Abadeha: The Philippine Cinderella by Myrna J. de la Paz, illustrated by Youshan Tang
As Abadeha wept and prayed, she saw a beautiful woman, bathed in radiant light, who appeared to take her worries away.
So go the blessings of Cinderella's fairy godmother throughout the struggles and eventual triumphs of a young girl against her oppressors. Set in the exotic islands of the Philippines, this tale captures the mystical charm of the indigenous culture of the Filipinos. Colorful images of pre-colonial Philippine scenes, costumes, architecture, and folkways vividly enhance the enchanting narratives.
This retelling of lasting value and universal appeal conveys the deep respect and reverence for nature and the earth inherent in the forever-loved story that will never grow old.
Children of the Dragon: Selected Tales from Vietnam by Sherry Garland, illustrated by Trina Hyman
In poetry and literature the Vietnamese call themselves the "children of the dragon." Their oral tradition is a strong one and this volume includes three of the familiar teaching tales told by the elders. Readers will learn how the tiger got his stripes, why there are monsoons, and the story of the Moon Festival.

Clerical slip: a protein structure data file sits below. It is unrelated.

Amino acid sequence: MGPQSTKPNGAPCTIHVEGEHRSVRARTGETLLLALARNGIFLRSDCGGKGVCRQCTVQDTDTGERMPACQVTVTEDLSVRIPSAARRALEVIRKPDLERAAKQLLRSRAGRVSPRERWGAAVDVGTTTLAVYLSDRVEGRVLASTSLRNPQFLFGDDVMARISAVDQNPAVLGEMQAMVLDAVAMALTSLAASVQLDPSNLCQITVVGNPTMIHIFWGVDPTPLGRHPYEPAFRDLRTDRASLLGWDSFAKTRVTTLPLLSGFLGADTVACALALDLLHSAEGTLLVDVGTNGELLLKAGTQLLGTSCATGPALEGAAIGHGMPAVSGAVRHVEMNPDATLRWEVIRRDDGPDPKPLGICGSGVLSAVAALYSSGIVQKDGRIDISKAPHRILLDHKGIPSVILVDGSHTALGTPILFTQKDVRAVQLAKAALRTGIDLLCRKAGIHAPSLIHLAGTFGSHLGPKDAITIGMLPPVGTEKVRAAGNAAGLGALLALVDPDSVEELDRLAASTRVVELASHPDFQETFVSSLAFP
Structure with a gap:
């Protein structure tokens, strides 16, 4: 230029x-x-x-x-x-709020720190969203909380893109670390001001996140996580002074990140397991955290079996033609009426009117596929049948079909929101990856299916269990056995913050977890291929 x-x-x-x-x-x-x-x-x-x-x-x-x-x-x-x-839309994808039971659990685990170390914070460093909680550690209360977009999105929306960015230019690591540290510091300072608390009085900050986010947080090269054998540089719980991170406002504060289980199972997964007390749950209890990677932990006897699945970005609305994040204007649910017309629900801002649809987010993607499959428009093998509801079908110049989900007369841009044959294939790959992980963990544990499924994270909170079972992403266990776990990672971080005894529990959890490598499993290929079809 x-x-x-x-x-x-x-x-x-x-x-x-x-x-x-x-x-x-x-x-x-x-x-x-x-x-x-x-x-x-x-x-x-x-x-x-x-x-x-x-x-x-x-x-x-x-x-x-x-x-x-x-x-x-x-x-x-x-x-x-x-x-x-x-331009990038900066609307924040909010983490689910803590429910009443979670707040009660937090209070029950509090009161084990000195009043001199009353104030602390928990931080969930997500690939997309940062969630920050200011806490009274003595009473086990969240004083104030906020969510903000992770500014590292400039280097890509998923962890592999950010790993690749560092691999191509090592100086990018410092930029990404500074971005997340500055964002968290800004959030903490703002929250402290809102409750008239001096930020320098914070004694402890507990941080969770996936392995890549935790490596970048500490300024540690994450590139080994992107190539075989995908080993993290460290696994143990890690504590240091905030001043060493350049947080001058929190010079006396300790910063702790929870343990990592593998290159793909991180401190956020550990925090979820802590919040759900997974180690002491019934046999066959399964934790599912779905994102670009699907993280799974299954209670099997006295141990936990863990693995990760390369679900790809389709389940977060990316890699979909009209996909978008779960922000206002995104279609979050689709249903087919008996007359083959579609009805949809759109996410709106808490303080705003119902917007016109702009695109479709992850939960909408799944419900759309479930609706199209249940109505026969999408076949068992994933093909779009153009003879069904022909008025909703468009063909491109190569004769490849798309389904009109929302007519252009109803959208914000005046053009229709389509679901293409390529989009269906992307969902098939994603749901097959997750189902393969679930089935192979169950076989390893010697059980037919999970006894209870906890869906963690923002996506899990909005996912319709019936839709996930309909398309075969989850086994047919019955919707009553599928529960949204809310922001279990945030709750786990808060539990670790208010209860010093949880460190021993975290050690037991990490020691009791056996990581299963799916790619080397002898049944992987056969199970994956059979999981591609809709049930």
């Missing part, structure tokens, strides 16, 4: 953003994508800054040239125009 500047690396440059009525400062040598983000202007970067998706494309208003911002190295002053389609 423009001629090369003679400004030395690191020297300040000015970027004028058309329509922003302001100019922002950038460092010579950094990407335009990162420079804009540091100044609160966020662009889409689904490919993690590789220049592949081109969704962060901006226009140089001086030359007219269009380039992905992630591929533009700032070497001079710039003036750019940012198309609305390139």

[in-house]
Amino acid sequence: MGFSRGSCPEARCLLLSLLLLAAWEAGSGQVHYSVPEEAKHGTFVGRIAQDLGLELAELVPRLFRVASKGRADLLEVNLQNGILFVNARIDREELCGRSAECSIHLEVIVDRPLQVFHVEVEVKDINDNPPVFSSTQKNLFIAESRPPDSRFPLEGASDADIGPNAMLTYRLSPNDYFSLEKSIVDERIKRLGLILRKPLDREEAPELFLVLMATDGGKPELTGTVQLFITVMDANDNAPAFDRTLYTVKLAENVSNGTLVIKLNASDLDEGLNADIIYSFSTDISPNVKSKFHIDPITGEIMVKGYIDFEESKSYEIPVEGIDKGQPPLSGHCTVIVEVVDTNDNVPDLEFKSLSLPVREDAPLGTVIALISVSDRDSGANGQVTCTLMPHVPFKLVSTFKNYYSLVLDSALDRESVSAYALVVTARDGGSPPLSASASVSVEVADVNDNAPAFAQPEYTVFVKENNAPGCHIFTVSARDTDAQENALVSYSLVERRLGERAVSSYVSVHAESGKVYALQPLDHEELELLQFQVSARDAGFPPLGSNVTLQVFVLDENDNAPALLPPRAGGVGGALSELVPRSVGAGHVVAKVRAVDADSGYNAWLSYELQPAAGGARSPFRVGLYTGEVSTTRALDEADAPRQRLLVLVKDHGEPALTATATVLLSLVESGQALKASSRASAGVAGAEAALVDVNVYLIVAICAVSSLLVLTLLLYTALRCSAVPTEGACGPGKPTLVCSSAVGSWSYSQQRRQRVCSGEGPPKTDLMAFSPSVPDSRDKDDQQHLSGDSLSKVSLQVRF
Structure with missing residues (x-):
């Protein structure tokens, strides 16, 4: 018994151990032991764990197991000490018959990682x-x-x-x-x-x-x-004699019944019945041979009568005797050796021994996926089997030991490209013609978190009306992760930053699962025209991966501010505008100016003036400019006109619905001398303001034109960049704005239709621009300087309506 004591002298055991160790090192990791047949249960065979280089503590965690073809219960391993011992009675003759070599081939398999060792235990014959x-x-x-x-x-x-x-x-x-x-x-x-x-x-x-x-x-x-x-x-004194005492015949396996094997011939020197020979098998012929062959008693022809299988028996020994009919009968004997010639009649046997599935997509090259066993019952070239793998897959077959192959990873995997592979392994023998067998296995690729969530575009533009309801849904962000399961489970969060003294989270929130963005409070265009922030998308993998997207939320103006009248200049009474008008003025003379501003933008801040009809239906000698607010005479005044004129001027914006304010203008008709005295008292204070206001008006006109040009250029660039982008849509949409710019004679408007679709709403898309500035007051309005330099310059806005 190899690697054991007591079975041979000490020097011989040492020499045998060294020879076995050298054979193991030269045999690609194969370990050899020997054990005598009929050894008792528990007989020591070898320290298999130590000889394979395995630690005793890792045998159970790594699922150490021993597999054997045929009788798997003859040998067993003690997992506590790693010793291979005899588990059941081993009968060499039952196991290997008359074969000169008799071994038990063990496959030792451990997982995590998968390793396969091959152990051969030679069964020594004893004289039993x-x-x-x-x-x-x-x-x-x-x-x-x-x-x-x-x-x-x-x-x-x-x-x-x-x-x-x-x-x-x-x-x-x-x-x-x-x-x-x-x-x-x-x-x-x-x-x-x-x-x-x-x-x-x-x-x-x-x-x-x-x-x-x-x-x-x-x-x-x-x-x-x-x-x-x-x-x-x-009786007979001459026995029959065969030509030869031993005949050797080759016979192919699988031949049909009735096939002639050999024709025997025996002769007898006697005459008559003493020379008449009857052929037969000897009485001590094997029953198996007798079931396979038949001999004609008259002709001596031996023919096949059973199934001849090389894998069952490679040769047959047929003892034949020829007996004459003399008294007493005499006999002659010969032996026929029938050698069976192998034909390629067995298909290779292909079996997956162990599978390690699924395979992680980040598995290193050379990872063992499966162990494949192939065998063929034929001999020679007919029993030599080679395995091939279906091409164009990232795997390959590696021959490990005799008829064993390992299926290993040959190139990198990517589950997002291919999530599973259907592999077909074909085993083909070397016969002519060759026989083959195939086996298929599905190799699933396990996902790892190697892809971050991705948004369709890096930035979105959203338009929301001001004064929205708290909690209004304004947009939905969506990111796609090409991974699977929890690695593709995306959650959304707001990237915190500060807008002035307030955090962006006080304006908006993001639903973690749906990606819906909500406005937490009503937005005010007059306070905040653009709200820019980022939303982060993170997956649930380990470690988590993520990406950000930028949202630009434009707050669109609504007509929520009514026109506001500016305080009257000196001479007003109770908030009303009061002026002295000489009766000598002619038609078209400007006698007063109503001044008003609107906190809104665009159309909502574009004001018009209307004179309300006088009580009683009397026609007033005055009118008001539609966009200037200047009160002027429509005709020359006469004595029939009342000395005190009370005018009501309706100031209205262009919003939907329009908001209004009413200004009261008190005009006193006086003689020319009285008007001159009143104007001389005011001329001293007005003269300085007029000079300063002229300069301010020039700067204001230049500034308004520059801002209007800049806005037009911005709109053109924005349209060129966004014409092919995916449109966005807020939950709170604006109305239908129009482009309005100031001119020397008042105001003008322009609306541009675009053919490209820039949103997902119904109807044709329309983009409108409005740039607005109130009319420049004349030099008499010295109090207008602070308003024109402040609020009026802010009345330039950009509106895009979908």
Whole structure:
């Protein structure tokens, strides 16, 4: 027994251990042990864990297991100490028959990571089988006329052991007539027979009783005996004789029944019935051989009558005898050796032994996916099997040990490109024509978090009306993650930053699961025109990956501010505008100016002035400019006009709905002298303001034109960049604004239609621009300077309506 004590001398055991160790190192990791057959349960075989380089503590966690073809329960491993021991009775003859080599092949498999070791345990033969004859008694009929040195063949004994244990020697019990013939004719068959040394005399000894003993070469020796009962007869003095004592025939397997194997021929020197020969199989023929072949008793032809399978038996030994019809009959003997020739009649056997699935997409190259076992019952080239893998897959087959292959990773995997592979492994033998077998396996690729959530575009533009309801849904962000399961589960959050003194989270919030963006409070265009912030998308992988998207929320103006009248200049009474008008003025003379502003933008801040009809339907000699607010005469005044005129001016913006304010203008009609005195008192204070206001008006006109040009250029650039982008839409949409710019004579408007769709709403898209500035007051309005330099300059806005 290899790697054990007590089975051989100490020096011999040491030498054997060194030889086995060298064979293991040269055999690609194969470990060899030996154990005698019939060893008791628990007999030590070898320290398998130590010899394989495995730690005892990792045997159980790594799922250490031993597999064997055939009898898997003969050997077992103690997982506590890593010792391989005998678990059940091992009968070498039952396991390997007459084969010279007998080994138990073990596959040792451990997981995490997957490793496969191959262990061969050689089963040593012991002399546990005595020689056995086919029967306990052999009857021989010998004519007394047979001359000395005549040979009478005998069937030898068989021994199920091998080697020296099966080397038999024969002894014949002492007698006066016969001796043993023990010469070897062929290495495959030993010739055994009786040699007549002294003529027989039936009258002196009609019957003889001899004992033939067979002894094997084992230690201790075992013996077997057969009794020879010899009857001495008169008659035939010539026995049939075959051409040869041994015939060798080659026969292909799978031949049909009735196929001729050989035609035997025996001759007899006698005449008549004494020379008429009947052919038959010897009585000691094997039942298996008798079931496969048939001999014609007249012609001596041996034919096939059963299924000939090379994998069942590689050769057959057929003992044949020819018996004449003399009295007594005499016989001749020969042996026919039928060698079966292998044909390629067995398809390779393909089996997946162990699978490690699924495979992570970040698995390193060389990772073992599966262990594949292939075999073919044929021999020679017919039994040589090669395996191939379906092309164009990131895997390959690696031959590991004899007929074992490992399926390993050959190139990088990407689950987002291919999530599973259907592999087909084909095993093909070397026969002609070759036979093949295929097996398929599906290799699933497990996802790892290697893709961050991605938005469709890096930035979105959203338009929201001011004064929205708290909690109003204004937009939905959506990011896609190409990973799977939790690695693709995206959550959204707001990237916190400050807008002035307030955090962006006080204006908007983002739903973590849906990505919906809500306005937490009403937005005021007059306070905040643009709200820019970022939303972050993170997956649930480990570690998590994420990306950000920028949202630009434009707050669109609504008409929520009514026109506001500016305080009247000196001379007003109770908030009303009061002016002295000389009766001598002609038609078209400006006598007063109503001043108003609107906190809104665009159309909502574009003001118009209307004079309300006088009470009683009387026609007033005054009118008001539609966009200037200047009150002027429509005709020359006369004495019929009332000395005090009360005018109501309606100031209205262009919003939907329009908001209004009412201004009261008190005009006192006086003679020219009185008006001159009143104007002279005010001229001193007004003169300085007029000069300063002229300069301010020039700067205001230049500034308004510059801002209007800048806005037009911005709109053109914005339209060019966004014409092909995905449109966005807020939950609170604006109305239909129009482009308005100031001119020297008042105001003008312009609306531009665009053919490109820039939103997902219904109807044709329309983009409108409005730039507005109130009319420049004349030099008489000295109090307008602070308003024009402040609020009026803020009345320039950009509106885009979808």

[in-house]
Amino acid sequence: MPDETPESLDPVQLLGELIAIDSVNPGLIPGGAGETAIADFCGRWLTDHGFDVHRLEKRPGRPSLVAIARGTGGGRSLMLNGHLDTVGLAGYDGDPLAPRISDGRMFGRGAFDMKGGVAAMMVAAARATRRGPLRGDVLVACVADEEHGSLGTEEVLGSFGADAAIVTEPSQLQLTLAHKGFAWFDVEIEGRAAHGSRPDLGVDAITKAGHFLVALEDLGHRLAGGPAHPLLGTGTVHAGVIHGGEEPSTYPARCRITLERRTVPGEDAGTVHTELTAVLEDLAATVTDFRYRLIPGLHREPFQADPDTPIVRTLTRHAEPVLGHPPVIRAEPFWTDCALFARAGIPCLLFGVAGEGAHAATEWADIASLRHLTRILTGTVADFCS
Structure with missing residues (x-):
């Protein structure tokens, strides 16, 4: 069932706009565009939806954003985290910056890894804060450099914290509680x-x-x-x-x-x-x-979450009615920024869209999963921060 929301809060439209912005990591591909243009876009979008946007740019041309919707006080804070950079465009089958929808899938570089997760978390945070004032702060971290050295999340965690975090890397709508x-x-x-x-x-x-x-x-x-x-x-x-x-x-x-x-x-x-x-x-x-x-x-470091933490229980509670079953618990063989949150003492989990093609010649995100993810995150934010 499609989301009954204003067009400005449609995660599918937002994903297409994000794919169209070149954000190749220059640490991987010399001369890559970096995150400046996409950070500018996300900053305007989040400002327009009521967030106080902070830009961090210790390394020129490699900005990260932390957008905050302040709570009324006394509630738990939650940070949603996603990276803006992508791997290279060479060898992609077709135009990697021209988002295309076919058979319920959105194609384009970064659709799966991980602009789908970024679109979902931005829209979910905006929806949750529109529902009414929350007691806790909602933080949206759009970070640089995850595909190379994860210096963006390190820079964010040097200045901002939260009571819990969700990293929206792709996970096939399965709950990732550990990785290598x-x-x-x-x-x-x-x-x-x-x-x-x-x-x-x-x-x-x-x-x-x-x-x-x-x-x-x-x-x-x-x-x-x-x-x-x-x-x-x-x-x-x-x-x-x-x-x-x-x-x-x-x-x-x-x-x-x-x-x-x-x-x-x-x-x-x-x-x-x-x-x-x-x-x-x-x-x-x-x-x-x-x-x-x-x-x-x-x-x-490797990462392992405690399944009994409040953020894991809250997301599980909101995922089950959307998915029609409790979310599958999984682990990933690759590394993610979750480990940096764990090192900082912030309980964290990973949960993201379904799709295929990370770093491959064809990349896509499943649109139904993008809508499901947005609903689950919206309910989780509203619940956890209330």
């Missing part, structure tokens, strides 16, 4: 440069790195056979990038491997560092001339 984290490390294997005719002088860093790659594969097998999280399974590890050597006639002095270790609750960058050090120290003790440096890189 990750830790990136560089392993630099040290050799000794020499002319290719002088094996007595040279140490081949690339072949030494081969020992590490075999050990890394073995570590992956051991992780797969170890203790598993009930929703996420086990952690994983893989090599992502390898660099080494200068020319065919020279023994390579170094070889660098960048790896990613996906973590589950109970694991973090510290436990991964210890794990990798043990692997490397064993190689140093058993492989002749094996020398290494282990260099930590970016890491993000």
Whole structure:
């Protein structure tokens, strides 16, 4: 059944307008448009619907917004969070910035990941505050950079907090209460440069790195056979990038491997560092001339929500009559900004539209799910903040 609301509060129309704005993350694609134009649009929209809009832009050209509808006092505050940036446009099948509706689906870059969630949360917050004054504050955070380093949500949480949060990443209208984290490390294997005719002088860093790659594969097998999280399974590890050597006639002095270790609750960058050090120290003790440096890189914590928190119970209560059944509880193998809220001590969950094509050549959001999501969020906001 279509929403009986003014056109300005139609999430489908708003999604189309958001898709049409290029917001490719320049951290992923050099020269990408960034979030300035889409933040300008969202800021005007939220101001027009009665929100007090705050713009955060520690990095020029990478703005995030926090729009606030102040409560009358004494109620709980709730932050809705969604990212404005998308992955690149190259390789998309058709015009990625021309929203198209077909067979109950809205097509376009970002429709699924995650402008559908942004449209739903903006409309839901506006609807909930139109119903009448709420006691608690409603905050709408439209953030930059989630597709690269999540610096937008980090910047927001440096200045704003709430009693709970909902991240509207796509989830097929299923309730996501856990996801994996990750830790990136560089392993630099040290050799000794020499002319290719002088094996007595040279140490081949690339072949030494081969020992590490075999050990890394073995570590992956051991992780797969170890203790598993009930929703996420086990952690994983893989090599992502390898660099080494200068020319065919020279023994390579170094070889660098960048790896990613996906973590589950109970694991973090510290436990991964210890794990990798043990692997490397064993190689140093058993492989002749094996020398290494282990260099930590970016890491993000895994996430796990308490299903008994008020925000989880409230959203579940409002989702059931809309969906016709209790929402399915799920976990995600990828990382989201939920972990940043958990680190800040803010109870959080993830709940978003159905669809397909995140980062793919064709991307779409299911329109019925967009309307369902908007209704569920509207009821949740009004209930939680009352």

The House That Lou Built by Mae Respicio
Lou Bulosan-Nelson has the ultimate summer DIY project. She's going to build her own "tiny house," 100 square feet, all her own. She shares a room with her mom in her grandmother's house, and longs for a place where she can escape her crazy but lovable extended Filipino family. Lou enjoys her woodshop class and creating projects, and she plans to build the house on land she inherited from her dad, who died before she was born. But then she finds out that the land may not be hers for much longer.
Lou discovers it's not easy to save her land, or to build a house. But she won't give up; and with the help of friends and relatives, her dream begins to take shape, and she learns the deeper meaning of home and family.
Early Reading Books, PreK-2 
Pig-Boy: A Trickster Tale from Hawai'i by Gerald McDermott